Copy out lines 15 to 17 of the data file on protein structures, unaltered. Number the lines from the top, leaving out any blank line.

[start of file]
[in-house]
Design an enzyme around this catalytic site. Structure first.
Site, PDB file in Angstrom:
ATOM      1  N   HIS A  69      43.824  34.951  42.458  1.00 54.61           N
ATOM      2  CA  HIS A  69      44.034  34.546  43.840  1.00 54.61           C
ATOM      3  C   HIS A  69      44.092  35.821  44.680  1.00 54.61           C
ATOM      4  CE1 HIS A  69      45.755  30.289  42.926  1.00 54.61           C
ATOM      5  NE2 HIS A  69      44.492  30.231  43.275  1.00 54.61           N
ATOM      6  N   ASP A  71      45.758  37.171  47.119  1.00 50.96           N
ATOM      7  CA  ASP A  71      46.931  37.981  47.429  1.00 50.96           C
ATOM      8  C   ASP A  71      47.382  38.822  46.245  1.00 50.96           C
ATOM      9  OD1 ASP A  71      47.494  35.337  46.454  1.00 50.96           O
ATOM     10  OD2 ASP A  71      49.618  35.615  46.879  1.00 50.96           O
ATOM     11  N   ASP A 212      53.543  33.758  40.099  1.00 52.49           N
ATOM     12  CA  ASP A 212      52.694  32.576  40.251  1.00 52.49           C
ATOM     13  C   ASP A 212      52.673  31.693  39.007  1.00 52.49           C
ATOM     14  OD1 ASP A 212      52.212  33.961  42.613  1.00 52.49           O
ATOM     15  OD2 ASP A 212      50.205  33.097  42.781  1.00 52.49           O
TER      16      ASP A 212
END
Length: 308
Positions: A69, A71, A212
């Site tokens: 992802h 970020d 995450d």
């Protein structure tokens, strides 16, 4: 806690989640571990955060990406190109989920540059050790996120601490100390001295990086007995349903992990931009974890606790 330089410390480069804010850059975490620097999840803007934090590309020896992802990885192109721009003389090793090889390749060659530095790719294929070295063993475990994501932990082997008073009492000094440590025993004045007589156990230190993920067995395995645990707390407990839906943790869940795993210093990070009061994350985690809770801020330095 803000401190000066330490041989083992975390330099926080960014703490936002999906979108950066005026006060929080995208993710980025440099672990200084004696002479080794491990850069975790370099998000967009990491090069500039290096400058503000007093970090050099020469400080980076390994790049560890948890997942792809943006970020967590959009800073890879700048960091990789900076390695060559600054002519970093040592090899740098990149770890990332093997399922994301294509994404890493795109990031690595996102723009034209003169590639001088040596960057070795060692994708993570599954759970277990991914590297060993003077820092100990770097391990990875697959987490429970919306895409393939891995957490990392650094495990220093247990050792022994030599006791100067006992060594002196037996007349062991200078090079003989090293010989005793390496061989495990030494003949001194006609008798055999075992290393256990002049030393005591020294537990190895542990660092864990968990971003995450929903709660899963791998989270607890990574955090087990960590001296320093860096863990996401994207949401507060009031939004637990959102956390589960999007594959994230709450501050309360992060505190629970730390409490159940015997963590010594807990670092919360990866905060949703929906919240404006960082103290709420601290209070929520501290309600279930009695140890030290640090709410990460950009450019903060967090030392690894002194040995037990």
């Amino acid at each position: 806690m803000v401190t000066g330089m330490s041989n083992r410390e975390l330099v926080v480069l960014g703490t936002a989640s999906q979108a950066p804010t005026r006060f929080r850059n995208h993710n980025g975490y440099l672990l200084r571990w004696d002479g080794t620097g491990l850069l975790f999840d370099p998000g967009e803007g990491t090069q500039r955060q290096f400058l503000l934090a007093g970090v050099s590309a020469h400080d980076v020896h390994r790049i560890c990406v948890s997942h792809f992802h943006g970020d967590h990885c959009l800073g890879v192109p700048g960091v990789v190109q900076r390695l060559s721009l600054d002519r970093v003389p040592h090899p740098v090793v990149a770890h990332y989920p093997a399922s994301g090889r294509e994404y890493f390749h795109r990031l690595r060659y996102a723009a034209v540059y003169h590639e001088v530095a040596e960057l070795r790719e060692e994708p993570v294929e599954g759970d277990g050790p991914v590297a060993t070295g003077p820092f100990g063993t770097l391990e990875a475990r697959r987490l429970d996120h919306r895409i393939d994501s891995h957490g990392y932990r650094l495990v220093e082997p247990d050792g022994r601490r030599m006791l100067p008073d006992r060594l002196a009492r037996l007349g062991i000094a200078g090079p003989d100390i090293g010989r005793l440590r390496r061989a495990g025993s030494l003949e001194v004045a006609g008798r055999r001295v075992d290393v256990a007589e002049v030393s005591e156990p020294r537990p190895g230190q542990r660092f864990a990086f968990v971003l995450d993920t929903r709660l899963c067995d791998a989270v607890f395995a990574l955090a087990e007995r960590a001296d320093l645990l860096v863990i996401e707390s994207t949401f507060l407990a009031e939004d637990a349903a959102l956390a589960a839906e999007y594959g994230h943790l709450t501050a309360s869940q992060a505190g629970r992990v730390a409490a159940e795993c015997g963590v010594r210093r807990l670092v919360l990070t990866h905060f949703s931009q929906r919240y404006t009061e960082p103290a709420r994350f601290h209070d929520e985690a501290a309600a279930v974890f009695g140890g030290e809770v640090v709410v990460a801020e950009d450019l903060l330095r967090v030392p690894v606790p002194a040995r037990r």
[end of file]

ATOM     12  CA  ASP A 212      52.694  32.576  40.251  1.00 52.49           C
ATOM     13  C   ASP A 212      52.673  31.693  39.007  1.00 52.49           C
ATOM     14  OD1 ASP A 212      52.212  33.961  42.613  1.00 52.49           O